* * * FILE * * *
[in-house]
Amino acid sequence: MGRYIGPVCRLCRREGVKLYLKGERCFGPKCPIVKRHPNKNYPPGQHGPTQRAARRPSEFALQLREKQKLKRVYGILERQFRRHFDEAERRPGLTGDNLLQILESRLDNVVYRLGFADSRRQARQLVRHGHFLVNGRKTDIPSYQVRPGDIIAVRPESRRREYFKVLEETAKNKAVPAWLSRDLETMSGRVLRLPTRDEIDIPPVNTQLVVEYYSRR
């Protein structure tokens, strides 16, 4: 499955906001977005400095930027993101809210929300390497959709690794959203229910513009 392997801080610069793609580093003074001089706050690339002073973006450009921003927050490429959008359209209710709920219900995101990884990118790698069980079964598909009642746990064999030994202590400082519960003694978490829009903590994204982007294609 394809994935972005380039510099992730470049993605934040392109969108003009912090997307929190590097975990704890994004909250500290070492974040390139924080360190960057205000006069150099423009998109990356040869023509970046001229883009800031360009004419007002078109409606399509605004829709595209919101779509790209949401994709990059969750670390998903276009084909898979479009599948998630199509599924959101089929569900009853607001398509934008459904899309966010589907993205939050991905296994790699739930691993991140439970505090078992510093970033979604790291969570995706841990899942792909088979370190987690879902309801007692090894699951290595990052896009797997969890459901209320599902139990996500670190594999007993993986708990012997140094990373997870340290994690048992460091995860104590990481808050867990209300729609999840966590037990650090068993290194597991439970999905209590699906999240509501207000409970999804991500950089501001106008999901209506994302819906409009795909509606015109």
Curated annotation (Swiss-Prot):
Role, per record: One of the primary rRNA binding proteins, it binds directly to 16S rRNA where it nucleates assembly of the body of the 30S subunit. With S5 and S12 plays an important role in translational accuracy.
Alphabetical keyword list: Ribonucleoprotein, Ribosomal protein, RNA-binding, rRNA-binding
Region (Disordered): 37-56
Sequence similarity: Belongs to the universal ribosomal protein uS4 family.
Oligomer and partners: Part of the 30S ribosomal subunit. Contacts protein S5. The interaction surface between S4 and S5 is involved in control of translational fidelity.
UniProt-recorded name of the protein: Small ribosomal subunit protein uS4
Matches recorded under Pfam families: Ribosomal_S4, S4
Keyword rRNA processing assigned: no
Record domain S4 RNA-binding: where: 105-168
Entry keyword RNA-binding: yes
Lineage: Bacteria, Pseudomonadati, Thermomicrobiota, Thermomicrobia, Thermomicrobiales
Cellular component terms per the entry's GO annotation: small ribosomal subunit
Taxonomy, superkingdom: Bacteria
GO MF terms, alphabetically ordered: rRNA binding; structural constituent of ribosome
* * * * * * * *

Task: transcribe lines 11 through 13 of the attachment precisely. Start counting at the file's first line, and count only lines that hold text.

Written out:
Matches recorded under Pfam families: Ribosomal_S4, S4
Keyword rRNA processing assigned: no
Record domain S4 RNA-binding: where: 105-168